Your brain may have its own sweet tooth, driving a taste for treats that can ultimately lead to long-term weight gain that might not be healthy.

That’s among new studies getting attention for what they show about family life and health.

Here are three studies of note:

Your brain may have a ‘sweet taste preference’

Scientists know that liking sweets may lead to weight gain, but why do you like sweets?

A Harvard-led study published in the Elsevier journal Physiology & Behavior tested the theory that increased preference for sweets is linked to increased activity in the hypothalamus of the brain, which is home to “an abundant expression or sweet taste receptors that play a role in glucose sensing and energy homeostasis.” In other words, those receptors like glucose and use it to regulate energy.

Glucose is believed to be a “neutral marker” for weight gain risk. The researchers wanted to know if sweet taste preference is linked to more hypothalamic response to glucose and to more long-term increases in body mass index.

They looked at 54 adults ages 18-34, measuring their height and weight at the beginning. They took the measurements again between six months and a year later for 36 of the study participants. They also looked at sweet taste preference.

Then they used magnetic resonance imaging before and after the subjects ate glucose to see the blood flow response in that part of the brain.

The study showed both increased blood flow in that part of the brain associated with eating glucose and a “positive association between sweet taste preference and longitudinal change” in body mass index, adjusting for age, sex and body mass index, or BMI.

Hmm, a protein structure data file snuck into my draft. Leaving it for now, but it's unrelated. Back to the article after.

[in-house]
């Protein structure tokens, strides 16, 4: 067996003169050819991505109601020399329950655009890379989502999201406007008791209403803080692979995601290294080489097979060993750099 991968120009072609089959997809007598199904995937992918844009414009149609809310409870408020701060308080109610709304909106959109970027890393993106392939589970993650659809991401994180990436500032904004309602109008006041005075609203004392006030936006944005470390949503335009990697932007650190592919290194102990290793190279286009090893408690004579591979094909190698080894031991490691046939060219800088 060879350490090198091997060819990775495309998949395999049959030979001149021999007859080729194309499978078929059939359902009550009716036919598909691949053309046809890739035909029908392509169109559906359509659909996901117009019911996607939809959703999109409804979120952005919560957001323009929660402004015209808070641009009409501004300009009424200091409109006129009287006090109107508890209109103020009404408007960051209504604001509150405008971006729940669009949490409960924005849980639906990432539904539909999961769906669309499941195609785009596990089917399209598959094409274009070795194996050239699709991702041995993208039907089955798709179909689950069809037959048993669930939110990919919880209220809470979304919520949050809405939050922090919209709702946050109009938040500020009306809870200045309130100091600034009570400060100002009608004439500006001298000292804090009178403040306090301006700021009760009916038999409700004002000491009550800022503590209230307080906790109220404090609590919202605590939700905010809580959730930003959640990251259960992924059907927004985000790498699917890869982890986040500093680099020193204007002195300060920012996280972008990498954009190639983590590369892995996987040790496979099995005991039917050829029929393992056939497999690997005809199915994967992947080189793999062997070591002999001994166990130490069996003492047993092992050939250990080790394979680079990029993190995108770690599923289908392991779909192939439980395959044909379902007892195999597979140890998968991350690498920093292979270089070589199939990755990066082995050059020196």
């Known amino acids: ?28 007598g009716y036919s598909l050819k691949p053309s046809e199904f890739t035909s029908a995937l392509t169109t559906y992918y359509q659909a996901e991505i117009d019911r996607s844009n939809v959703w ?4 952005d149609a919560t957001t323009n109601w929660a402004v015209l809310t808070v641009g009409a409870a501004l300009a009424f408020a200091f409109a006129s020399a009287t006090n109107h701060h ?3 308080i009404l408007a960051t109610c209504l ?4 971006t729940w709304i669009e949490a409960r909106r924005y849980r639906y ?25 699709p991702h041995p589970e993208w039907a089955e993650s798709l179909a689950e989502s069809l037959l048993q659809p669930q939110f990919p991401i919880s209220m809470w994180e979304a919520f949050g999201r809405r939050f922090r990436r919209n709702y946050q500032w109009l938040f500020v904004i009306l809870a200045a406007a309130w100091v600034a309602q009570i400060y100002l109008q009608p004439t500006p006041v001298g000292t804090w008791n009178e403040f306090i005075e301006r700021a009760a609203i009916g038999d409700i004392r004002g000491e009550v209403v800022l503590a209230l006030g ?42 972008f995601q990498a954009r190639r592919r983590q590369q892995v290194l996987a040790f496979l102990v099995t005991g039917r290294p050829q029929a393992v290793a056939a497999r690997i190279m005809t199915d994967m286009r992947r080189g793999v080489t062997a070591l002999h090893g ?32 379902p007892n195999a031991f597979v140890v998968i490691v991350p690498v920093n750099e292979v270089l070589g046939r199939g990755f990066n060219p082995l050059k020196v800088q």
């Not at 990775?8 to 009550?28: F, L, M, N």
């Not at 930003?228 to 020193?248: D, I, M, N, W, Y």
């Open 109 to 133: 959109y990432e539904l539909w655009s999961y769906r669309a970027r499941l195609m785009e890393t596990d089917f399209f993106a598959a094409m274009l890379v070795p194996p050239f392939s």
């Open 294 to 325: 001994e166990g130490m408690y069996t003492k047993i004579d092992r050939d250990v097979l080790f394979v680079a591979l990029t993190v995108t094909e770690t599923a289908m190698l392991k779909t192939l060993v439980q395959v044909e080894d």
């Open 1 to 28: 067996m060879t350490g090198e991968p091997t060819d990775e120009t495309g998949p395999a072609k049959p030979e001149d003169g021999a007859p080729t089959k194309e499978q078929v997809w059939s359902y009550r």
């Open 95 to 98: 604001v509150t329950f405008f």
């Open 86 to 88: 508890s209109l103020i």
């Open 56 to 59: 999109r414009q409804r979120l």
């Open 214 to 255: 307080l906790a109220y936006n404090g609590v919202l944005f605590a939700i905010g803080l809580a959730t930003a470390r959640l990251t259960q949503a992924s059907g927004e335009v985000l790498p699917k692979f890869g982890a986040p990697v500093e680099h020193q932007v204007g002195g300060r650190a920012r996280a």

They concluded that those whose brains have a sweet tooth may be more susceptible to gaining weight.

Fermented dairy products might reduce lung cancer risk

Another Elsevier study, this one in the journal Clinical Nutrition ESPEN led by researchers from Oregon State University, found that consuming fermented dairy products like yogurt and sour cream could reduce the risk of lung cancer. Using data from 101,809 individuals taking part in the Prostate, Lung, Colorectal and Ovarian Screening trial, nearly 1,600 cases of lung cancer were found. Those participants filled out a validated diet history survey, then were followed for 13 years.

Total dairy intake wasn’t associated with lung cancer risk in the study when the quartile with the highest dairy intake and the lowest were compared, though preference for whole milk as a beverage might slightly raise the likelihood of lung cancer compared to consuming low-fat milk.

But consuming fermented dairy appeared to be somewhat protective, “mostly observed among heavy smokers,” according to an Elsevier release.

Fetal deaths and infant homicides

The number of fetal deaths after at least 20 weeks gestation in the United States grew by 1% from 2020 to 2021, increasing from 20,854 to 21,105, according to the National Center for Health Statistics within the Centers for Disease Control and Prevention.

That meant the fetal mortality rate in 2021 was 5.73 per 1,000 live births. The only significant change by race was a 4% decrease for Black women. The rate was highest for females under age 15 (13.14 per 1,000) and lowest for women ages 30-34 (5.13 per 1,000).

According to the report, women smoking while they were pregnant had almost double the fetal mortality rate of those who did not.

The center also released data on infant homicides, noting that the rate for infants between 2017 and 2020 was 7.11 per 100,000 births.

Between 2017 and 2020, 1,067 infant homicides took place, an average of 267 a year.

More male babies were killed than female babies. And the report noted that the rate of homicide was “four times higher for infants of mothers born in the U.S. (8.51) than for infants of mothers born outside the U.S. (2.10).”